Good people, there is something about politics that leaves me jittery when a learned politician grabs a mic.
Not their degrees, but an inner fear that they may say something ridiculous and numb someone to think higher learning makes one dumb.
Professor Thandeka Mkandawire said it succinctly: “There is something about politics, I have known intellectually capable academics become political disasters and unfathomable idiots.”
I was strangely afraid when former Minister of Health Peter Kumpalume took the microphone during President Peter Mutharika’s rally in Blantyre West and said: “When I stand here, I do politics.”
Chicken politics he did when he hit out at cockerel-like minds that ruled for decades without constructing a tarmac to Nkula, the country’s largest power plant.
A cockerel is the symbol of opposition Malawi Congress Party which the ruling party loves to deride.
But Kumpalume, a top-notch chemist in politics, said something good for these entertainment, arts and culture pages when he requested the President to consider opening a music school in Chileka as part of the community technical colleges he promised to establish in all 28 districts and 193 constituencies.
Chileka, the setting of the rally, is the cradle of numerous legendary musicians that the pint-sized politician sounded like a griot chanting an epic varied greats from Daniel and Donald Kachamba to Robert Fumulani and Fumbi Jazz Band, not forgetting reggae kings Evison Matafale and his Black Missionaries.
Kumpalume envisages his Blantyre West constituency owning a music college named after one of the legends to celebrate their stellar contribution and develop skills of aspiring musicians.
They need a hand up–like poor Malawians in the hamlets of Neno and Mwanza who cry for a fruit canning factory to turn oranges and tangerines into gold. The tears of the poor, who see their succulent fruit fall to the ground to rot as they go to sleep without a tambala, water the opinion that many Malawians are wallowing in poverty amid of plenty because we do not how to tap abundant wealth in our midst.
Every fruit that rots or gets sold on cheap due to lack of the means to add value to its succulence is money going to waste in the backyard of people who need it most.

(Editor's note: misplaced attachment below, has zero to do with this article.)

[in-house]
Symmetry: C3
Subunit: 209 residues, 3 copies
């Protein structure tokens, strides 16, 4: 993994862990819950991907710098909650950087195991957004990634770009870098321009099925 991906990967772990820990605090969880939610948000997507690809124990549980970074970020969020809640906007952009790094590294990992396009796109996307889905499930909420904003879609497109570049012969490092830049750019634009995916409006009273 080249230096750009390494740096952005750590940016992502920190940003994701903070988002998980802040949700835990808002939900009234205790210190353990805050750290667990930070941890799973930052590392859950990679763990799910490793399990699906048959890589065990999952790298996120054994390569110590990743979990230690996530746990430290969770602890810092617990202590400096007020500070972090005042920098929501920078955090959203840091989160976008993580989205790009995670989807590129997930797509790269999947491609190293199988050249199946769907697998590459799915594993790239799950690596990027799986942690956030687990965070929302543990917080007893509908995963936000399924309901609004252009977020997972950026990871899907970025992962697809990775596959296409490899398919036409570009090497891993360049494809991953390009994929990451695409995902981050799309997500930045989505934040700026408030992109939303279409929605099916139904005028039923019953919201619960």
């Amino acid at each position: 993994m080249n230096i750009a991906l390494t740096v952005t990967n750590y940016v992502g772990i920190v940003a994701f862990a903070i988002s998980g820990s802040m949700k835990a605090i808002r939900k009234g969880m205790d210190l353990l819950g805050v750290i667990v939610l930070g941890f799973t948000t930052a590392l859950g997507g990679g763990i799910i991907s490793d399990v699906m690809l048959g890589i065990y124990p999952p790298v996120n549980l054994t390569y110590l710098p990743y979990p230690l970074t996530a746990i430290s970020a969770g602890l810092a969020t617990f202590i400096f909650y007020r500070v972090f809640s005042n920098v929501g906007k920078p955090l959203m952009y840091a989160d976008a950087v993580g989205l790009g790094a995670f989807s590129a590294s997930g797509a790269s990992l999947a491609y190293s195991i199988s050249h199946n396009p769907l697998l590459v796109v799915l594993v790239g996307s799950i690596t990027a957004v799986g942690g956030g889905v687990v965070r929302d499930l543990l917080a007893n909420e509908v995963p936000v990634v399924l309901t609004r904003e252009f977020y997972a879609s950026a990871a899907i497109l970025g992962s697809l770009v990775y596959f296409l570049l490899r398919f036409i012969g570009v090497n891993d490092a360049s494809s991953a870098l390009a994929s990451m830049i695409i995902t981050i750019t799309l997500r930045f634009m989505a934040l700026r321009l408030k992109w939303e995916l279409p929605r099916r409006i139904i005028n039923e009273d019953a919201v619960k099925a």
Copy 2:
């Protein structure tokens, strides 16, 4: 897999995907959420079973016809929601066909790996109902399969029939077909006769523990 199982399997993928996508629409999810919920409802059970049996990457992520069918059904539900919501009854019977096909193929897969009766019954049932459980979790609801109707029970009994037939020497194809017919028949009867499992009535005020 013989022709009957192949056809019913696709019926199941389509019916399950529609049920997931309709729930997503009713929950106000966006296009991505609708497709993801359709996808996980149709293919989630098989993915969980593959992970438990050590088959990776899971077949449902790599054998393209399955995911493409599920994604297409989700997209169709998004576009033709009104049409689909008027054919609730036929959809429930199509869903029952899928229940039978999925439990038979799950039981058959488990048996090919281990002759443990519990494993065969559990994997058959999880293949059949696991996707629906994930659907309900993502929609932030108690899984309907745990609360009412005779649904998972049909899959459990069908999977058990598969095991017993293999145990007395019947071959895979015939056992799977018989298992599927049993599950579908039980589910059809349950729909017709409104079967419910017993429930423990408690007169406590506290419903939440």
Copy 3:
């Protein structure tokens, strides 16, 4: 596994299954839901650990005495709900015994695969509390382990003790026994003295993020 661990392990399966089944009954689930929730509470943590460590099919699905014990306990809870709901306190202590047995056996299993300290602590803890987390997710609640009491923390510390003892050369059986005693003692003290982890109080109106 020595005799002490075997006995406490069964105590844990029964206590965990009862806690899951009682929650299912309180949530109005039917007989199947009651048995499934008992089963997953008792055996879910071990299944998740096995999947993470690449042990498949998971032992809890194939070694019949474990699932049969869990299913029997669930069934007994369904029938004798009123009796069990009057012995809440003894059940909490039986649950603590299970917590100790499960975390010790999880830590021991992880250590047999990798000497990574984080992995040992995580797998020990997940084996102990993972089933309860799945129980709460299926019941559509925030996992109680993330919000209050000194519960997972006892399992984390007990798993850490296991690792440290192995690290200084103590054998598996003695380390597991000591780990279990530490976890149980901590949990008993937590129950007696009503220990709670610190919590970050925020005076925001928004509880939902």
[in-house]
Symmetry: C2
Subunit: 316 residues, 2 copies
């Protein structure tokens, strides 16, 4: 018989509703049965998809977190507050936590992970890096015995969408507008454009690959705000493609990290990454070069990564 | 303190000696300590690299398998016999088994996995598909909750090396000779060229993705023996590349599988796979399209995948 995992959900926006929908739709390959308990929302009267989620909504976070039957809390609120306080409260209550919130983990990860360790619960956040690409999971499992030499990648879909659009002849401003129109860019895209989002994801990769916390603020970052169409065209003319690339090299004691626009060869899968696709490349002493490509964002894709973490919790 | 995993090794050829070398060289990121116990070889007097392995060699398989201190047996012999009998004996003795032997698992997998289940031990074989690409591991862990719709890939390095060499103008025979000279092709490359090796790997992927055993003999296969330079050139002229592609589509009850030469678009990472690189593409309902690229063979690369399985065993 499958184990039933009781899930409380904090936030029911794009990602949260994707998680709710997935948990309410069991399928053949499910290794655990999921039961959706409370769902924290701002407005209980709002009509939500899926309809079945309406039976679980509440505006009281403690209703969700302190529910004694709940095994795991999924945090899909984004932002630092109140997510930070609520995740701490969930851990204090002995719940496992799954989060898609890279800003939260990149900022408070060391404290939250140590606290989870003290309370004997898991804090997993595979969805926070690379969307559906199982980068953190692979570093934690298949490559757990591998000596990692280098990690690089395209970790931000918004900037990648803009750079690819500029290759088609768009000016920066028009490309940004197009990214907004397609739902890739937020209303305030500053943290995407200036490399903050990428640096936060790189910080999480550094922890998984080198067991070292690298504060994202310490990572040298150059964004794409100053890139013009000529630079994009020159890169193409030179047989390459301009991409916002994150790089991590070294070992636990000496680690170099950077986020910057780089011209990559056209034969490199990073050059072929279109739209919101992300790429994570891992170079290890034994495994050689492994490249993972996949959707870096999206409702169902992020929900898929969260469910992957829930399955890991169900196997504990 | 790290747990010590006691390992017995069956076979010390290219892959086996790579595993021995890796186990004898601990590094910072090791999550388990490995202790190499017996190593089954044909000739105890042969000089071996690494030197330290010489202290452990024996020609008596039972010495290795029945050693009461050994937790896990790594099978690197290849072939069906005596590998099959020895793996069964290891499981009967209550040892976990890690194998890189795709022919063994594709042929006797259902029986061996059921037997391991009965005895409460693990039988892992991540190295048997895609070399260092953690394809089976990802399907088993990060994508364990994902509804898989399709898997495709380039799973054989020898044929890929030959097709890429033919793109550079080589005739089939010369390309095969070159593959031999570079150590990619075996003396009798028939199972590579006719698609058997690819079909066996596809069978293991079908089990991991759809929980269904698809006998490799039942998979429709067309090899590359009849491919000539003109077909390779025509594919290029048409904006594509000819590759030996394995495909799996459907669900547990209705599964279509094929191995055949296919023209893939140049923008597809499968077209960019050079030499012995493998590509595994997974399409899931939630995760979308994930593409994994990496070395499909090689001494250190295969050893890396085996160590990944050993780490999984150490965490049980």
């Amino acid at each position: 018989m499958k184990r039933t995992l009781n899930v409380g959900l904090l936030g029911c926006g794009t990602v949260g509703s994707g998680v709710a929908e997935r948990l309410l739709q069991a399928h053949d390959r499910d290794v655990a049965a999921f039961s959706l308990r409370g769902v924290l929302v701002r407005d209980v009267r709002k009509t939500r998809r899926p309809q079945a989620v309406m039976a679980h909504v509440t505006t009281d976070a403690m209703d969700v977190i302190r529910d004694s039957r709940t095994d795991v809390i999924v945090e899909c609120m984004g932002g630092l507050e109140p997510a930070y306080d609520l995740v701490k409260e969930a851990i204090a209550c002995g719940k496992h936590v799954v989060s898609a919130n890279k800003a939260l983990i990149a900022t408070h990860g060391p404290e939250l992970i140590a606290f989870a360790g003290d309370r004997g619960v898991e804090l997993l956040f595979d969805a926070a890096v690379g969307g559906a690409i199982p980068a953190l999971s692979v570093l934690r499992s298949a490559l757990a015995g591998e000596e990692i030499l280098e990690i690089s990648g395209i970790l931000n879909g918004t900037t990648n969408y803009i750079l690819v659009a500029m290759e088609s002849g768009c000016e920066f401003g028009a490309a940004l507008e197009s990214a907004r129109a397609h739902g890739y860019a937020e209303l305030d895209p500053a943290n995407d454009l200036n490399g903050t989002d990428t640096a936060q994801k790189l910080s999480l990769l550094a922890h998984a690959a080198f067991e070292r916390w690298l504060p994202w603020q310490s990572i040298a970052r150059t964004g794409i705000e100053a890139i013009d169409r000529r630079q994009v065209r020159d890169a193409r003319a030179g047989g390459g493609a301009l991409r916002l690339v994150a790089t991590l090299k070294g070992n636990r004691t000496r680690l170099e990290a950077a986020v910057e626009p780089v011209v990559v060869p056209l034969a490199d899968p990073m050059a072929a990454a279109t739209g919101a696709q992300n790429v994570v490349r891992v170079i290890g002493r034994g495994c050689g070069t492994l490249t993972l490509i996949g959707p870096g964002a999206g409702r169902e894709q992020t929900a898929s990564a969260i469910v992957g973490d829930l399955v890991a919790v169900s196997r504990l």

So are the youth whose burning urge to play music for a living falls and dies noiselessly in the absence of skills development centre to fan the innermost flames that illumine their calling.
When Mutharika rolled out community technical colleges in 2015, the trades on offer were already a tad monotonous and unhelpful to artistic fledglings.
Alas! The restrictive courses mistakenly reduce technical and vocational training to carpentry, bricklaying, welding and metal fabrication, tailoring, baking and motor vehicle mechanic.
Something a little more creative will ensure the youth who are gifted in drama, music, poetry and other arts are not confined to study how to fix blocks because there is nothing artsy in the curriculum.
A music school can help nurture a cadre of musicians with proper instruction where the self-taught greats excelled out of sheer luck and inborn talent.
Art is money. When Black Missionaries tour or perform live, they make six-figure cheques.
Lead vocalist Anjiru Fumulani made business sense when asked about the reggae band’s performances during Mutharika’s rallies lately.
“We are in business. Music is our business. We will perform for anyone who hires us, even you, the same way we do for DPP. We would do the same if any party booked us to do so. Music is money; our bread and butter.”
Mutharika, who has turned to musicians to sex up his rallies, needs to add some music to his beloved community colleges to nurture more talent dying for a chance to play sensible music for a living. n